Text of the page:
You’re doing it wrong: We know what you’re thinking. Shrimp cocktail? Like those sad, round plastic rings of rubbery shrimp crammed around a pot of way-too-sweet cocktail sauce? Nooooo. Not these guys. This is how you get it done, the right way. Treat your shrimp properly. Don’t just throw them in boiling water and let them get tough and chewy. Delicately flavor the poaching liquid with aromatics (think celery, peppercorns, bay, and thyme). Once the liquid is infused and simmering, cut the heat before adding the shrimp. This is no cauldron. This is a slow, warm bath. No stress, no worries. And for that little bit of effort, you get plump, tender shrimp. The way it should be. As for sauces, sure you want a classic cocktail — just not too sweet. But how about a creamy, herbaceous green goddess and retro mustard curry, too? It’s not just classic. It’s classy.
For the dipping sauces
Cocktail sauce: Stir together the ketchup, horseradish, lemon zest, lemon juice and hot sauce in a small bowl. (Makes about 1/3 cup.)
Green goddess: Stir together the mayonnaise, sour cream, lemon juice, vinegar, mashed anchovy, chives, parsley, and pepper in a small bowl. (Makes about 1/3 cup.)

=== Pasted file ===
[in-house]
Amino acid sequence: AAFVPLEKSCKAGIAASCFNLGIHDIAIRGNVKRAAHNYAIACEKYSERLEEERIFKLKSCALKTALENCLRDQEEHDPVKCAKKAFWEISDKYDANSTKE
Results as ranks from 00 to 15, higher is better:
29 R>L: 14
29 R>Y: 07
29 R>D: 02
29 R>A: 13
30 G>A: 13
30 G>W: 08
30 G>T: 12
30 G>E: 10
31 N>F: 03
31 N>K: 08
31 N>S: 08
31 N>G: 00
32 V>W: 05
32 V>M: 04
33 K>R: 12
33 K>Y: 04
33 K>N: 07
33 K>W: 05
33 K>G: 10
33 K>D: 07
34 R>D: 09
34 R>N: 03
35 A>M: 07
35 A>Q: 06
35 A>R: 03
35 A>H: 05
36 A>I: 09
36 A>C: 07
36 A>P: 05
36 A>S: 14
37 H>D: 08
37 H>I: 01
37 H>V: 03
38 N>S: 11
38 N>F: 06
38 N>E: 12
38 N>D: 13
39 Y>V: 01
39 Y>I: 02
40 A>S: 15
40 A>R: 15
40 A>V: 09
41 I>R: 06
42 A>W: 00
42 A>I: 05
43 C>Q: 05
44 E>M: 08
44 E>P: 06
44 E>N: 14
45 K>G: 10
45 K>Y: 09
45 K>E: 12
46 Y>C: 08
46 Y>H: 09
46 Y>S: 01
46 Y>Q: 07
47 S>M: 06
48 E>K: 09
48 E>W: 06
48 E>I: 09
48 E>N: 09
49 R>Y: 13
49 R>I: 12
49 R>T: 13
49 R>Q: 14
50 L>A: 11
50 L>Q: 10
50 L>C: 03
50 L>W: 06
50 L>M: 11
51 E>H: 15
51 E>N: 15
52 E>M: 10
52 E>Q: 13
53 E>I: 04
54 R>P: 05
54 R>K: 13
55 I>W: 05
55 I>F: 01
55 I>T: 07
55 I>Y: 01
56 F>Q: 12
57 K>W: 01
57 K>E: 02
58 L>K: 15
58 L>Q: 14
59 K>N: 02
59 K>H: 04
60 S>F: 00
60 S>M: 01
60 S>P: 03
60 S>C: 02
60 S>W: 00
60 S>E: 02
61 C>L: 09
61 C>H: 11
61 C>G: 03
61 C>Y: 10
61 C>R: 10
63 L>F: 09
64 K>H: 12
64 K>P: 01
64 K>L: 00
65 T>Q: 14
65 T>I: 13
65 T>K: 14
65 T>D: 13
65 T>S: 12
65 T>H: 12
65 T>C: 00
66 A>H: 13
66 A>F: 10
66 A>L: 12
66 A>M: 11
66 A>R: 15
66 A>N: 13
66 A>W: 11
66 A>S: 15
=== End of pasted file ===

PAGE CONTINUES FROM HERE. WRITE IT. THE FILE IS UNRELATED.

Curry mustard: Stir together the mustard, mayonnaise, molasses, curry and lime zest in a small bowl. (Makes about 1/3 cup.)
For the shrimp
Pour the water, wine, and lemon juice into a large saucepan. Drop in the celery, onion and peppercorns. Stir in the salt. Wrap the parsley and thyme sprigs in between the bay leaves, tie the bundle together with kitchen twine, and drop it into the liquid. Turn the heat to medium. Watch the water. After about 4 minutes, bubbles will appear on the bottom on the pan. At around 6 minutes, the bubbles will rise to the surface. After about 8 minutes, the liquid should start to steam. When that happens, turn the heat to medium-low and let steep, uncovered, to infuse the liquid with the aromatics, about 5 minutes.
Fill a large bowl with ice and water and place near the stove.
Turn the heat off under the saucepan and add the shrimp. Stir to distribute the shrimp around the poaching liquid. After 2 to 3 minutes, the shrimp shells will turn pink and the flesh opaque and cooked through. With a slotted spoon, remove immediately to the ice bath. Stir the shrimp in the ice bath just until they are cool, less than a minute. Remove to a bowl and peel, leaving the tails on. Transfer to a serving platter and serve with dipping sauces.
Strained poaching liquid can be frozen in small portions for other uses such as risotto or soup — or even for cooking your next batch of poached shrimp — without losing any flavor.
For the shrimp
For the cocktail sauce
For the green goddess sauce
For the curry mustard